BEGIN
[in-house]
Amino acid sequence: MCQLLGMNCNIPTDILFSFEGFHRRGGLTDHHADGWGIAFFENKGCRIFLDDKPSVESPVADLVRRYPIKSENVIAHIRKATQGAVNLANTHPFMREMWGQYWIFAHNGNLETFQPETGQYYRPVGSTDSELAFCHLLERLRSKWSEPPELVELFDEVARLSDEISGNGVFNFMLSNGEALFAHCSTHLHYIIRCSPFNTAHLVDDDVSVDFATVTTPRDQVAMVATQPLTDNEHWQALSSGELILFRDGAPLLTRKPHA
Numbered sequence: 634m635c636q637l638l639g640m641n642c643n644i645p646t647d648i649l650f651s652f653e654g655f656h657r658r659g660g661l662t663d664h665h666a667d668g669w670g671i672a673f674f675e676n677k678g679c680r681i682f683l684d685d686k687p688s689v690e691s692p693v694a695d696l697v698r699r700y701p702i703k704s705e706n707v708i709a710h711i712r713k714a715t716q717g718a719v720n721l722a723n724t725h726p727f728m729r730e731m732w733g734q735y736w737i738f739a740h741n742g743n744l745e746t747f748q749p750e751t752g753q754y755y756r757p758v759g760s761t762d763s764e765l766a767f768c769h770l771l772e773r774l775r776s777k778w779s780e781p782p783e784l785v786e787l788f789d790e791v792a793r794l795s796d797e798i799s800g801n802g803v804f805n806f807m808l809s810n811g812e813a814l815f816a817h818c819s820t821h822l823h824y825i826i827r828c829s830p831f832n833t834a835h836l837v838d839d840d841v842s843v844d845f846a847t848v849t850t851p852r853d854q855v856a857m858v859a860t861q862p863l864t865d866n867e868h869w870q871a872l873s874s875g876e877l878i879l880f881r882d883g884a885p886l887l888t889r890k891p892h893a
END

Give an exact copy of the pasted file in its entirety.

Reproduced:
[in-house]
Amino acid sequence: MCQLLGMNCNIPTDILFSFEGFHRRGGLTDHHADGWGIAFFENKGCRIFLDDKPSVESPVADLVRRYPIKSENVIAHIRKATQGAVNLANTHPFMREMWGQYWIFAHNGNLETFQPETGQYYRPVGSTDSELAFCHLLERLRSKWSEPPELVELFDEVARLSDEISGNGVFNFMLSNGEALFAHCSTHLHYIIRCSPFNTAHLVDDDVSVDFATVTTPRDQVAMVATQPLTDNEHWQALSSGELILFRDGAPLLTRKPHA
Numbered sequence: 634m635c636q637l638l639g640m641n642c643n644i645p646t647d648i649l650f651s652f653e654g655f656h657r658r659g660g661l662t663d664h665h666a667d668g669w670g671i672a673f674f675e676n677k678g679c680r681i682f683l684d685d686k687p688s689v690e691s692p693v694a695d696l697v698r699r700y701p702i703k704s705e706n707v708i709a710h711i712r713k714a715t716q717g718a719v720n721l722a723n724t725h726p727f728m729r730e731m732w733g734q735y736w737i738f739a740h741n742g743n744l745e746t747f748q749p750e751t752g753q754y755y756r757p758v759g760s761t762d763s764e765l766a767f768c769h770l771l772e773r774l775r776s777k778w779s780e781p782p783e784l785v786e787l788f789d790e791v792a793r794l795s796d797e798i799s800g801n802g803v804f805n806f807m808l809s810n811g812e813a814l815f816a817h818c819s820t821h822l823h824y825i826i827r828c829s830p831f832n833t834a835h836l837v838d839d840d841v842s843v844d845f846a847t848v849t850t851p852r853d854q855v856a857m858v859a860t861q862p863l864t865d866n867e868h869w870q871a872l873s874s875g876e877l878i879l880f881r882d883g884a885p886l887l888t889r890k891p892h893a